Zach Ihle Part IV

The Electoral College is an extremely controversial topic. Especially due to the controversial outcome of the 2016 presidential election. In which Donald Trump beat Hilary clinton by 72 Electoral College votes. However about 2.7 million more people voted for Hilary Clinton (“The Electoral” 1). Twice in the last five elections the Electoral College has put in office a president that majority of people do not want. For a president to win the the popular vote and lose the election was once considered a rarity. However due to this recent trend this is obviously not a rarity (“ The Pros” 1). Therefore opposers of the Electoral College system have called for reform, actually member of congress have been trying to repeal the Electoral College for years. Thought history there have been over seven hundred proposed amendments to abolish or modify the Electoral College (“ Past attempts at Reform” par. 2).  Opposers of the Electoral College fit into two categories. They’re the people that want to complete abolish the Electoral College, and people that just want modify it (“Electoral” 8). Supporters of the abolishment solution believe that democracy means that majority rules, therefore if you go by that logic, the electoral college is an undemocratic system. If the Electoral College system was totally abolished the President of the United States would be determined based on a simple majority, or over 40 percent of the votes, if no one achieves majority. On some plans if no candidate is able to obtain 40 percent of the votes, congress will choose the next president. In other plans it will be decided by whatever candidate gets the most votes (“Electoral” 8). Supporters of merely reforming the electoral college also believe that the Electoral college is un democratic, but recognize some value in the system. Countless methods of reformat have been proposed throughout the years. Such methods are as follows. One solution is just to abolish just the “winner take all” system. In current electoral college system there is a mini election within each state. Whichever political party gets the most votes receives all of the electoral votes from that state. A proposed alternative to this system is what Maine and Nebraska currently have (“Fair vote” 1). In Maine and Nebraska the state is split up into electoral sections with one vote per section. Each electoral then sends its elector from the winning party (Electoral 9). Another solution is called the proportional plan. The proportional plan would award each State’s electoral votes in proportion to the percentage of the popular vote for each candidate. Another solution that has been proposed is to have state legislature vote for the elector. Supporters of the play say this would eliminate faithless electors who vote for whoever they want (Electoral 11). This battle has been going on for over one hundred years. If people could agree on a solution this would be solved. My goal is to present the arguments from both sides and let you decide what would be best for our nation.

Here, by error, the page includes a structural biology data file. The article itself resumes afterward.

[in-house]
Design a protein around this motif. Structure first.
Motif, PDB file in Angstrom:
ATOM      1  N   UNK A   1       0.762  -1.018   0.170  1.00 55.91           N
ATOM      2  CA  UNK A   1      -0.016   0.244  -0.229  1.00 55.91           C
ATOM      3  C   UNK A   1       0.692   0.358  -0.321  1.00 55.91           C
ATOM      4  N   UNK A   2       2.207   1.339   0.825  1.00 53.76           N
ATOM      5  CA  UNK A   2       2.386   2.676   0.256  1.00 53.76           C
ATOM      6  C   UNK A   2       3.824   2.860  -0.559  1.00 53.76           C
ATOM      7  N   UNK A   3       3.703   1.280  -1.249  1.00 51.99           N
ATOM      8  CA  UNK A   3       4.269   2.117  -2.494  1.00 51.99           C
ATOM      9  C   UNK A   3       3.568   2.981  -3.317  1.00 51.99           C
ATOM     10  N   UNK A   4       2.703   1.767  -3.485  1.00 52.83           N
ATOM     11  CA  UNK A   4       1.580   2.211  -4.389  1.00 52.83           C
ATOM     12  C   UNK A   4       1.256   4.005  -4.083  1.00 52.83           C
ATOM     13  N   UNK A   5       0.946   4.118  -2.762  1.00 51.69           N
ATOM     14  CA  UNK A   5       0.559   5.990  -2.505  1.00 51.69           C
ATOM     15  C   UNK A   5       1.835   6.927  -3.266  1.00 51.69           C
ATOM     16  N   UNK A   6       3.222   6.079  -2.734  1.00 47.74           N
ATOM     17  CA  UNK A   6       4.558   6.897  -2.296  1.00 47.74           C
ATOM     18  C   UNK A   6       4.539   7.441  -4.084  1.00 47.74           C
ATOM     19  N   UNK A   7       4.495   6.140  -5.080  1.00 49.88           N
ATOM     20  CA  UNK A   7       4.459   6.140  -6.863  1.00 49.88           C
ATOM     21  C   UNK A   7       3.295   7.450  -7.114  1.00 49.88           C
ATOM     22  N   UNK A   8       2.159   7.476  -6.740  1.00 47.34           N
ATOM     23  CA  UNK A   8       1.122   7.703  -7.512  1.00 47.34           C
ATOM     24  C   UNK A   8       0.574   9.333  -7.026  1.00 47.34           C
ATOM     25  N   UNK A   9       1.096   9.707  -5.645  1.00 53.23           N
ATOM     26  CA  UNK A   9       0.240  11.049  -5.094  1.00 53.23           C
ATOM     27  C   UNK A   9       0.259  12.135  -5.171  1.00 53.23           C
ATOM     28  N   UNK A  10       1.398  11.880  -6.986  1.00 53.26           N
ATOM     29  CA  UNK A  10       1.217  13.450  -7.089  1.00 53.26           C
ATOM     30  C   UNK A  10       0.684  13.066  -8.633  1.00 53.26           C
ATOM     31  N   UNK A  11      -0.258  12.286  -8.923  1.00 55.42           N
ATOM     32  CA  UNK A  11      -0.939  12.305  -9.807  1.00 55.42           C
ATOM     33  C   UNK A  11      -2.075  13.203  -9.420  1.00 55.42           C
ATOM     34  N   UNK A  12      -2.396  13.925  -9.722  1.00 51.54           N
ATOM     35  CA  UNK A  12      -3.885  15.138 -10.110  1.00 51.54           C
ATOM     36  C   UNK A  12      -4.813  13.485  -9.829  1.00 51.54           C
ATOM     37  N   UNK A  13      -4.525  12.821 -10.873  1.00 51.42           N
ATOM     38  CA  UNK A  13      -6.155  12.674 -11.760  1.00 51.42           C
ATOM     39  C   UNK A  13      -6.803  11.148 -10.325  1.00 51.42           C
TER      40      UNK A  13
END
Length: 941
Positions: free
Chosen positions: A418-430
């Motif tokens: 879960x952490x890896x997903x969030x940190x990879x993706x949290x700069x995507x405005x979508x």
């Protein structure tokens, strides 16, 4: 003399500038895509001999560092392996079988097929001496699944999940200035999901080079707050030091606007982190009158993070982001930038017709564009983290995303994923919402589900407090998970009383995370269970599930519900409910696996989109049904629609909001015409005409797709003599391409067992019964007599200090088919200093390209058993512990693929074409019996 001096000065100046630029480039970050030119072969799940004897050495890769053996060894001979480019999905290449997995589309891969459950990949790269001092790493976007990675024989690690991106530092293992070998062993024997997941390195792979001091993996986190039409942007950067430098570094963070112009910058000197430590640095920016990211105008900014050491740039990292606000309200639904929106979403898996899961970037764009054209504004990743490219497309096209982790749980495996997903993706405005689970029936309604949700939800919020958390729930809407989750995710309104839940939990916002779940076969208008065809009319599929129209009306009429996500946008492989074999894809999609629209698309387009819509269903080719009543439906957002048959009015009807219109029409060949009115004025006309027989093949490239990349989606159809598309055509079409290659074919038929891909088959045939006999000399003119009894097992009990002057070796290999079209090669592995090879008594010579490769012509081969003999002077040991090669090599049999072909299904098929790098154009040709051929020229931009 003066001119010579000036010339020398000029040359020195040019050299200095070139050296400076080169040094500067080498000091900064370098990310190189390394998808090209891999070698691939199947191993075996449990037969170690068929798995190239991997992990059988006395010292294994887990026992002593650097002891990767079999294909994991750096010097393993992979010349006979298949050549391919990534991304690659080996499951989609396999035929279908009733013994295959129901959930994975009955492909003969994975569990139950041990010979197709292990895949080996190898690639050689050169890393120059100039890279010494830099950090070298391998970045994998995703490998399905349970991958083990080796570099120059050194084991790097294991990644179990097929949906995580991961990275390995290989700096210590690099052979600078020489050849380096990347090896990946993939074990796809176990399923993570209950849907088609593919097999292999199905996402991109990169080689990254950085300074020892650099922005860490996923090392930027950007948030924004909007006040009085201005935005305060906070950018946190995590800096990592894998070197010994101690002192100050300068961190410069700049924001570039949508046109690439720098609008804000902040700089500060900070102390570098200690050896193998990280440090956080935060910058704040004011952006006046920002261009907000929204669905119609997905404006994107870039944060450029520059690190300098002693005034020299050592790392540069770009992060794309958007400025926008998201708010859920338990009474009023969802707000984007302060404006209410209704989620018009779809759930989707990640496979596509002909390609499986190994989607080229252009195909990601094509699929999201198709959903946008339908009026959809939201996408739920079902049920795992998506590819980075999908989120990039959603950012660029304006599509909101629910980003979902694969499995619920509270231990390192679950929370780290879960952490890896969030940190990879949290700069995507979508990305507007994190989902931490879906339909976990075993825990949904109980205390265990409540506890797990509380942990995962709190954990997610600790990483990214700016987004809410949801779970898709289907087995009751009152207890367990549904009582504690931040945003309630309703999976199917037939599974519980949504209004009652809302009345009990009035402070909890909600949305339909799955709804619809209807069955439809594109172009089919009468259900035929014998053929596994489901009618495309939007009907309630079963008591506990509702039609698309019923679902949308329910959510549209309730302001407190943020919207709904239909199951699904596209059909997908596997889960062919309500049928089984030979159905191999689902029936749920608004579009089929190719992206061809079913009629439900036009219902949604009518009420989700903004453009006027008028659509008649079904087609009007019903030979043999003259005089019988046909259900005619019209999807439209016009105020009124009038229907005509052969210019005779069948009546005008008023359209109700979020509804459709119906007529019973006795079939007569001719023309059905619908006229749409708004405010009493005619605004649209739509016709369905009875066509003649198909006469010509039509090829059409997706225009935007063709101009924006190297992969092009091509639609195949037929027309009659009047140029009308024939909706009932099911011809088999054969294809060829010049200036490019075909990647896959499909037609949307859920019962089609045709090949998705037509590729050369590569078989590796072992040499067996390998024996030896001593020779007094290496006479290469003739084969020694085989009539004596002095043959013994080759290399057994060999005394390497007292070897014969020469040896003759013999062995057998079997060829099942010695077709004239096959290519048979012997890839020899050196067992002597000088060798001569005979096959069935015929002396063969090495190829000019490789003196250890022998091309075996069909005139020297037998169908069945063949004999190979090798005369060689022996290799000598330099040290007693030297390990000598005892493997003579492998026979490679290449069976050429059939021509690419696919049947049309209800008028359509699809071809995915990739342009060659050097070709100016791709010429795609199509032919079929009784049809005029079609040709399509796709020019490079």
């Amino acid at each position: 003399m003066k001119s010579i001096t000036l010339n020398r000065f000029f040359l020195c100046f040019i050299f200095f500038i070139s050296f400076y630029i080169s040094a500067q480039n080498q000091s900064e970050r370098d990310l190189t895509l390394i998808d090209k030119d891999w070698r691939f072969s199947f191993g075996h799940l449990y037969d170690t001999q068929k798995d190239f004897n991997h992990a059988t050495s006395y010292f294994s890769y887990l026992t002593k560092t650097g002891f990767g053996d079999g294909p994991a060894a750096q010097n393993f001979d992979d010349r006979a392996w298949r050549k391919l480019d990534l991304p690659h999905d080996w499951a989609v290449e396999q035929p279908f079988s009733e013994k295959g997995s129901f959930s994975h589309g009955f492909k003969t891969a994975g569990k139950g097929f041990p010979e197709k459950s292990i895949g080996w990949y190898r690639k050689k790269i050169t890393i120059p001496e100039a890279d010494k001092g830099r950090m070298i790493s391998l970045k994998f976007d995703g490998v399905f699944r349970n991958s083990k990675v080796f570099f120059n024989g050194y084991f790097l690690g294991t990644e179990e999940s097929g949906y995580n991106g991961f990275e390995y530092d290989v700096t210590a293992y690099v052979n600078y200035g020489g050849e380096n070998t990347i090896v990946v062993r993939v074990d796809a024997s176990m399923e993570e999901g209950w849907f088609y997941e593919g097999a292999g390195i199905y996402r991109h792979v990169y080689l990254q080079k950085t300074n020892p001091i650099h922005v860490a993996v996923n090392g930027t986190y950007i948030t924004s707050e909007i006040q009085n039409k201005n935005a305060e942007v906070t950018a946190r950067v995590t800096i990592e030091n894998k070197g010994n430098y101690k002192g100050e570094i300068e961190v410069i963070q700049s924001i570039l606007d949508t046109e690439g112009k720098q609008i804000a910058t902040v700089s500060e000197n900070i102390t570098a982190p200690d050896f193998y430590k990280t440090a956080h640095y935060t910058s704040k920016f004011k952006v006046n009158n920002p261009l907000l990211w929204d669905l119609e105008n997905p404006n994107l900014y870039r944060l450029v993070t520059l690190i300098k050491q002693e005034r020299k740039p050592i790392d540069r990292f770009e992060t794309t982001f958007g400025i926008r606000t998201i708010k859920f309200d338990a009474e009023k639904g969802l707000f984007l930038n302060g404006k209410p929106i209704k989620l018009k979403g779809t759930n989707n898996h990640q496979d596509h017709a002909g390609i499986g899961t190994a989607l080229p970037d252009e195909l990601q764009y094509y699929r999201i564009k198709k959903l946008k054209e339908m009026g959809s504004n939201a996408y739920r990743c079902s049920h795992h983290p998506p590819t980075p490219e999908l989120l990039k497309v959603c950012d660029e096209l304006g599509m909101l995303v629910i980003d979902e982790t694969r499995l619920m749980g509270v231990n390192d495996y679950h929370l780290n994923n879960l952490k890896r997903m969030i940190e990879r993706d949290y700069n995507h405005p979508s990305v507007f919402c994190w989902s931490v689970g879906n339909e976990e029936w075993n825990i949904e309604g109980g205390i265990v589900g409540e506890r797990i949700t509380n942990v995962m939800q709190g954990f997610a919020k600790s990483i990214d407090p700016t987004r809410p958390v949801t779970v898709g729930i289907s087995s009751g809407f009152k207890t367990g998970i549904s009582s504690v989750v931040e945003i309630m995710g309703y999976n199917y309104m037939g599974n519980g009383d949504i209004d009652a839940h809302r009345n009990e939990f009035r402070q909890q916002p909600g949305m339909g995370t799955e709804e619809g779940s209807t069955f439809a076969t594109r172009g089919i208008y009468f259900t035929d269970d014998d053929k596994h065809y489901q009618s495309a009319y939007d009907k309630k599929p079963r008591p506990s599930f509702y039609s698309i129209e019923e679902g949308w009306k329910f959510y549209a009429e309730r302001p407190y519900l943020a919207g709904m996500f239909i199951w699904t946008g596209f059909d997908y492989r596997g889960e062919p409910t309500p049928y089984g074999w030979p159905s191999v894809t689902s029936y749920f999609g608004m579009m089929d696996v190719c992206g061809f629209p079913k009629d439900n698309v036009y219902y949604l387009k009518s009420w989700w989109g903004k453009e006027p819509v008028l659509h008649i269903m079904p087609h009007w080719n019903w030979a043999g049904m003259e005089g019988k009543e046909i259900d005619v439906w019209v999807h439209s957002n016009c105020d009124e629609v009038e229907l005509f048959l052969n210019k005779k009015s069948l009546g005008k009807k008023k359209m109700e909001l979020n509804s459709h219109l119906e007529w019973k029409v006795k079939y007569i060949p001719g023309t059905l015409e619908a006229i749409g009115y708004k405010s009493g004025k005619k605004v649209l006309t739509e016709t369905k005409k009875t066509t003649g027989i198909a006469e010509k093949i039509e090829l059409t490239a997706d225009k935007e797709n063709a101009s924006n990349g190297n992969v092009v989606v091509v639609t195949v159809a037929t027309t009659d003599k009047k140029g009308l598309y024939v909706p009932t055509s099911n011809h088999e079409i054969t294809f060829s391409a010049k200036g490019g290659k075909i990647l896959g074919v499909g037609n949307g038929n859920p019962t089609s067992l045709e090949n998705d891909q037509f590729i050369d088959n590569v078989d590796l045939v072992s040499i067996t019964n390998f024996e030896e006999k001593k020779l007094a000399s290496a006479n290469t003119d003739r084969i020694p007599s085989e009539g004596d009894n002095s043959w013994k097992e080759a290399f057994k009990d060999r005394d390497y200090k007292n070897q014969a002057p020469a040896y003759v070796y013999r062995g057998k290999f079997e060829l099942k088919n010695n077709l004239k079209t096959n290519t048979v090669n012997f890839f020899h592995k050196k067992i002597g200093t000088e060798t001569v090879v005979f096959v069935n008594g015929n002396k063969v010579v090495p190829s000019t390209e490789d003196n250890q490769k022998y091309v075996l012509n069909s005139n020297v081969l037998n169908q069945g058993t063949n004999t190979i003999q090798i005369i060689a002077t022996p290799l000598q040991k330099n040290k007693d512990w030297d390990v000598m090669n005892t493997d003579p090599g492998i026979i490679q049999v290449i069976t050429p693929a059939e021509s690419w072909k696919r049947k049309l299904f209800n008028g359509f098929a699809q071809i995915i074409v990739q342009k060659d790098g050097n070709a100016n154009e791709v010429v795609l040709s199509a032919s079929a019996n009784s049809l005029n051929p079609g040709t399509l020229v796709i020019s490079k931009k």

4 Comments Add yours

  1. katiekrien says:

    Great piece. I do think that having the system Maine uses would be more realistic than our current system. One point that I believe would be beneficial to you would be using the constitution. Considering that the Electoral college is an old system and the Constitution is a very old (but still completely used) document, I think that it would mesh well for the piece. You could use the section of “All men are created equal” and addressing that to how currently each vote is NOT equal because of the electoral college system. Just an idea. Overall, I enjoyed reading your piece, and I think this is a highly viewed issue at this time because like you have mentioned, the current President would be completely different if it was based off popular vote instead of the electoral college vote.


  2. maascarla says:

    For part 3, I think it would be interesting if you could include statistics about how the electoral college has worked well for our country, unless you do not feel that there are any examples. Also, I think it would be very powerful for you to use direct quotes. For part 4, the 40% majority confuses me a little bit. It might be just me, but I would suggest possibly elaborating a little bit more on that.


  3. This piece was very well-written and presents an objective opinion on each side of the electoral college. I love how you acknowledge at the end what you are trying to do, and admit that it is to present each side fairly and let the reader decide what they think is best. Providing the available solutions is a great use of “what if” to allow the reader to hypothetically see a system that isn’t like what we have right now. I also liked the way you rallied your audience around the fact that people have been trying to change the system for years (is somewhat like the bandwagon technique in persuasion). Other research you could possibly include would be more history on how the electoral college actually came to be.


  4. knutsjes000 says:

    I agree that this a highly controversial topic right now, so I think it was a great choice for your paper. Overall I think that it was well written and you pointed out some great topics from both sides. There was one part that made me a bit confused: “If the Electoral College system was totally abolished the President of the United States would be determined based on a simple majority, or over 40 percent of the votes, if no one achieves majority”. This might just be me being dumb, but isn’t the simple majority over 50 percent of the votes? I think you could add some direct quotes, possibly from politicians involved in the controversial elections to see how they feel about the electoral college.


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